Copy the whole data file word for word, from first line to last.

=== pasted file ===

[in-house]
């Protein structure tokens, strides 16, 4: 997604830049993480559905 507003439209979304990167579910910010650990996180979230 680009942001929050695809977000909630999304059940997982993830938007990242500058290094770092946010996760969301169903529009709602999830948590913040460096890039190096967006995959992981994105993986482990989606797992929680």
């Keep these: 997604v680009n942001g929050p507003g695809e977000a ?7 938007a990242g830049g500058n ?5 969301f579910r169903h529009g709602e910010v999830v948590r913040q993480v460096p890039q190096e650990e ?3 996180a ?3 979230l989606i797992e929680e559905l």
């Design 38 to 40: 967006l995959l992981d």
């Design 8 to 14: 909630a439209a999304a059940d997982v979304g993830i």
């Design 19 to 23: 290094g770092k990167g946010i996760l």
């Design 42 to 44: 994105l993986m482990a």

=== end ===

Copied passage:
[in-house]
């Protein structure tokens, strides 16, 4: 997604830049993480559905 507003439209979304990167579910910010650990996180979230 680009942001929050695809977000909630999304059940997982993830938007990242500058290094770092946010996760969301169903529009709602999830948590913040460096890039190096967006995959992981994105993986482990989606797992929680």
């Keep these: 997604v680009n942001g929050p507003g695809e977000a ?7 938007a990242g830049g500058n ?5 969301f579910r169903h529009g709602e910010v999830v948590r913040q993480v460096p890039q190096e650990e ?3 996180a ?3 979230l989606i797992e929680e559905l």
């Design 38 to 40: 967006l995959l992981d």
């Design 8 to 14: 909630a439209a999304a059940d997982v979304g993830i």
């Design 19 to 23: 290094g770092k990167g946010i996760l």
């Design 42 to 44: 994105l993986m482990a």